Happily, Newham writes fluently and readably, so his book is as enjoyable to read as it is to handle and look at. It begins with an introduction that includes a short history of the development of church monuments from medieval times to the modern era (a period sadly lacking in good monuments). On the current wave of iconoclasm – seeking to remove monuments to people who have offended against present-day norms – Newham writes: ‘We should not expect all monuments to have been set up to entirely morally admirable people, even if they stand in a place of Christian worship. If, on the basis of contemporary moral judgments, we deface monuments or cause them to be taken down, then the debate is stifled and the opportunity to learn from past mistakes is lost. Our future is nothing without our past.’ Indeed. He is not hopeful – who could be? – when he considers the future of our parish churches, but he is heartened by the fact that, in general, our monuments are in good condition, thanks to grants, money-raising campaigns and the efforts of special-interest groups, and some village churches are finding a new lease of life as venues for community activities or local services such as post offices or part-time shops.
 The body of the book is essentially a gazetteer, divided into eight English regions plus Wales, with a short description of each monument and biographical information on the person memorialised (something rarely supplied in Pevsner). The arrangement within each region is chronological, and each monument is numbered, rather pleasingly, in red. At the end of each regional section come the photographs illustrating its monuments, with those red numbers again. This arrangement, once you’ve got the hang of it, makes the book easy to navigate. After the photograph of monument number 365 – an interesting 20th-century ceramic memorial from St Mary, Tenby – comes a section containing short biographies of each sculptor whose work has won a place in the 365. Then the churches featured are listed by county – historical county, that is: hence Great Mitton, home to some remarkable Sherburne monuments, is listed under Yorkshire West Riding, not Lancashire.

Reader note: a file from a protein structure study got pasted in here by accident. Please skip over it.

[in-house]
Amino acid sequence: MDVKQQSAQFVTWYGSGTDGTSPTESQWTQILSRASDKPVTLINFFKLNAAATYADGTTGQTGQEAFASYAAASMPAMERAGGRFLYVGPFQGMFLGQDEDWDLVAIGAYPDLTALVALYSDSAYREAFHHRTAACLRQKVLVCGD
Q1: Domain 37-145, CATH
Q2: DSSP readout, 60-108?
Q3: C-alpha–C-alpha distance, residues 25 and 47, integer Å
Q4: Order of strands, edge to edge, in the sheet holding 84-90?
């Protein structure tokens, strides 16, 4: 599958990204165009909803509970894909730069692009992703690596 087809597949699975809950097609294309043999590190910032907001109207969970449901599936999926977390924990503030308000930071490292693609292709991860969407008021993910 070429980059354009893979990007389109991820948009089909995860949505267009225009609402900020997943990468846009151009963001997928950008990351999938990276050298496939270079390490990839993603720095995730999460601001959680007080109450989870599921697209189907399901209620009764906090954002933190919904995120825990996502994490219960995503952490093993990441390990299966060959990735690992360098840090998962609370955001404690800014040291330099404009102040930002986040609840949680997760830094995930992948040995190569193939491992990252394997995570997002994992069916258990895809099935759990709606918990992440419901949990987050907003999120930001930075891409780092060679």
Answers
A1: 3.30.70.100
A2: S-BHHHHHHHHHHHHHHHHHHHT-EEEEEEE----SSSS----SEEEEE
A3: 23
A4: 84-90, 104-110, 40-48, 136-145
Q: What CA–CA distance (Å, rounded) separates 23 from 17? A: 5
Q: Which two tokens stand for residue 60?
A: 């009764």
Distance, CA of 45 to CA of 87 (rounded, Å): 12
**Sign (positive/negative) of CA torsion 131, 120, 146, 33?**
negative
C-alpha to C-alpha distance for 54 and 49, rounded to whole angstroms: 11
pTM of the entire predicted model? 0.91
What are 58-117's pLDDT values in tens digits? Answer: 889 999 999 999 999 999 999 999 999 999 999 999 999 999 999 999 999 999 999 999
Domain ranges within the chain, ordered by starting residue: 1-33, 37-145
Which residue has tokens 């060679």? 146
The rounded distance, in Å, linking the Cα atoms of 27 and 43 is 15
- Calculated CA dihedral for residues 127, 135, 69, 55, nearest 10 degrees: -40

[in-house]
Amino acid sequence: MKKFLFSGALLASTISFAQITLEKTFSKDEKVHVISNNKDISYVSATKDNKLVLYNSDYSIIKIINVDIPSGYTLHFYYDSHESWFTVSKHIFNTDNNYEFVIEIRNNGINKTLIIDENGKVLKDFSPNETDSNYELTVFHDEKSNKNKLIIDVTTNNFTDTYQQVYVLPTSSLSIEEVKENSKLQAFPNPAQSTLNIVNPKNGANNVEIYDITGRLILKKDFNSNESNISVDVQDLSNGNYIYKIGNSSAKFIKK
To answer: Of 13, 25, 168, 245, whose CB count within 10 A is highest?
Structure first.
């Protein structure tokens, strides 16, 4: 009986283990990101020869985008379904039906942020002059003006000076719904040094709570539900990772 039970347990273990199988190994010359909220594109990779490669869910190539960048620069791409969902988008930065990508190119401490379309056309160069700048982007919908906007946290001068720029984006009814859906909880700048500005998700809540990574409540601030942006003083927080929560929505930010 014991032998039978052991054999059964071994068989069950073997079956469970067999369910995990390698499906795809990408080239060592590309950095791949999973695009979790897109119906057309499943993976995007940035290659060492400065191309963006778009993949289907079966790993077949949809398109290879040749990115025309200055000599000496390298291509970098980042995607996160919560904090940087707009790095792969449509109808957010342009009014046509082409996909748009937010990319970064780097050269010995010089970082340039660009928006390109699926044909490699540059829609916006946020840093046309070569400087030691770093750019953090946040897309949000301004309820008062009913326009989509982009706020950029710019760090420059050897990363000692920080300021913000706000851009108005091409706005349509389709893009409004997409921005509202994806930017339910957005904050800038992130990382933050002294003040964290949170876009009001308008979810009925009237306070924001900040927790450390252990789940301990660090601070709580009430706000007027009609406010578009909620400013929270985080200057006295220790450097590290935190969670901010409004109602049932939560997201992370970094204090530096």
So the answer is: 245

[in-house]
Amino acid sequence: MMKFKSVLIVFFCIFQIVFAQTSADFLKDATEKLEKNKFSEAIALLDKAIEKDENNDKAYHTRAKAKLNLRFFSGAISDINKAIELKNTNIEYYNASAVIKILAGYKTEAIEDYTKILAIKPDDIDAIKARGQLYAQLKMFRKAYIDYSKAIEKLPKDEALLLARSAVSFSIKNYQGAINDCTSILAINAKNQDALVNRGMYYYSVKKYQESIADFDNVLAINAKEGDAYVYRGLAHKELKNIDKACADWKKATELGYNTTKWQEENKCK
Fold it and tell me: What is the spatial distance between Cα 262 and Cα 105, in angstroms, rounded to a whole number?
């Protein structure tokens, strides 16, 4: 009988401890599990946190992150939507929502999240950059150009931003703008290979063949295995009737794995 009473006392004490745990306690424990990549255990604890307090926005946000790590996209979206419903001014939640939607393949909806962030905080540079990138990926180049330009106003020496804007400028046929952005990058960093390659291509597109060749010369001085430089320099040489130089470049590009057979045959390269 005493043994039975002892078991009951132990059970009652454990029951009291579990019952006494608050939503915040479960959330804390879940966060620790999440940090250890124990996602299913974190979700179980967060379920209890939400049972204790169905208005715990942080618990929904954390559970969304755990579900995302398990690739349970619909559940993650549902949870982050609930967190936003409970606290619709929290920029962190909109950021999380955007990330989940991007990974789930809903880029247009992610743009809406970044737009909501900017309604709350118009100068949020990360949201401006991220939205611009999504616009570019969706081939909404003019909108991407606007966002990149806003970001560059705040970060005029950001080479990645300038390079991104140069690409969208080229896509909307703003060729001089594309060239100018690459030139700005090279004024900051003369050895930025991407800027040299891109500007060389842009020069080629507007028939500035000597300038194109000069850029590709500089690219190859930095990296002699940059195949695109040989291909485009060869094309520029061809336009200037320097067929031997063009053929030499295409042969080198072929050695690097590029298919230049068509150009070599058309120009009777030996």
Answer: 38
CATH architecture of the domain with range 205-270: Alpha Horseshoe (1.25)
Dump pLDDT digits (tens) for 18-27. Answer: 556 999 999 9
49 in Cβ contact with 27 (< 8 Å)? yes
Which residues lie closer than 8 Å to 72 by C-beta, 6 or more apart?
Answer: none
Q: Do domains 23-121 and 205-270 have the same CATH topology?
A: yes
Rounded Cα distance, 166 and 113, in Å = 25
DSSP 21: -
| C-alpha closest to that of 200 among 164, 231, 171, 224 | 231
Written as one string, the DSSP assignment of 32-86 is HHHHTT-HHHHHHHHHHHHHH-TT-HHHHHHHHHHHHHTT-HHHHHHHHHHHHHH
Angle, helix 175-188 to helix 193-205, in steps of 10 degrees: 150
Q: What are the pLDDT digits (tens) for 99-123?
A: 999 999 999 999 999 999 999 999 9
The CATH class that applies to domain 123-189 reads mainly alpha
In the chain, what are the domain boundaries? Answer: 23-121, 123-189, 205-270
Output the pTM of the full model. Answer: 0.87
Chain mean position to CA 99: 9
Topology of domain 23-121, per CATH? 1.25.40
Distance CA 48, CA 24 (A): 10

After a list of ‘Monument Storehouses’, churches with especially large numbers of monuments, Newham addresses an issue of pressing interest to all church crawlers and monument seekers: church access. We are all familiar with the frustration of finding churches locked, sometimes with a list of contacts or the name of a key holder, sometimes with no information at all. ‘When it comes to locking churches,’ Newham writes, ‘in most cases there is very little reason for doing so.’ As he points out, the company that insures most of the churches of England and Wales actually recommends that churches be left open during the day, as this makes them less, not more, vulnerable to theft and vandalism. As a way of facilitating access to churches, Newham has developed an app called Keyholder which allows users to record their visiting experiences, give tips on how to obtain access, and share photographs. This covers more than 15,000 churches and has access information for over 80 per cent of them.
But back to the book: with some notes on the care of monuments, a glossary and an index, this splendid volume ends. Or almost: there are also a couple of pages of acknowledgments, in the course of which Newham tells the encouraging story of how this book came about, after the author was contacted by a publisher at Penguin who had heard about his project of photographically recording every rural parish church in England, and wondered if there was a book in it. There certainly was, and a magnificent book it is – a tremendous achievement, a thing of beauty, and a volume that should have a place on every church lover’s shelves.